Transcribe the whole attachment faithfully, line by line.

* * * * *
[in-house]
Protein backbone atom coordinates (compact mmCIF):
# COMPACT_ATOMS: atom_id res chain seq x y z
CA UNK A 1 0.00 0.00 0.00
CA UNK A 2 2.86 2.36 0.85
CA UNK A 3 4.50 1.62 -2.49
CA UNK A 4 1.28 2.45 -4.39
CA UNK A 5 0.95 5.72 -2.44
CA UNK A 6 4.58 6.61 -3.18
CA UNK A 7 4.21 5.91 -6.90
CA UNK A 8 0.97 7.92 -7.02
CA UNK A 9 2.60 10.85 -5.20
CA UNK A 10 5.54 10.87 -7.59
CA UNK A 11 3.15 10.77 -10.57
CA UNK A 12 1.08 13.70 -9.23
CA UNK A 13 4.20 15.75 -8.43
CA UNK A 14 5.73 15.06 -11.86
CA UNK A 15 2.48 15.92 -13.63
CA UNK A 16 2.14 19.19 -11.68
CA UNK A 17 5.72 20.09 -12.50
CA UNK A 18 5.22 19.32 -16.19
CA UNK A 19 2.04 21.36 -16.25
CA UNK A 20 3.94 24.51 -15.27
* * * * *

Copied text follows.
[in-house]
Protein backbone atom coordinates (compact mmCIF):
# COMPACT_ATOMS: atom_id res chain seq x y z
CA UNK A 1 0.00 0.00 0.00
CA UNK A 2 2.86 2.36 0.85
CA UNK A 3 4.50 1.62 -2.49
CA UNK A 4 1.28 2.45 -4.39
CA UNK A 5 0.95 5.72 -2.44
CA UNK A 6 4.58 6.61 -3.18
CA UNK A 7 4.21 5.91 -6.90
CA UNK A 8 0.97 7.92 -7.02
CA UNK A 9 2.60 10.85 -5.20
CA UNK A 10 5.54 10.87 -7.59
CA UNK A 11 3.15 10.77 -10.57
CA UNK A 12 1.08 13.70 -9.23
CA UNK A 13 4.20 15.75 -8.43
CA UNK A 14 5.73 15.06 -11.86
CA UNK A 15 2.48 15.92 -13.63
CA UNK A 16 2.14 19.19 -11.68
CA UNK A 17 5.72 20.09 -12.50
CA UNK A 18 5.22 19.32 -16.19
CA UNK A 19 2.04 21.36 -16.25
CA UNK A 20 3.94 24.51 -15.27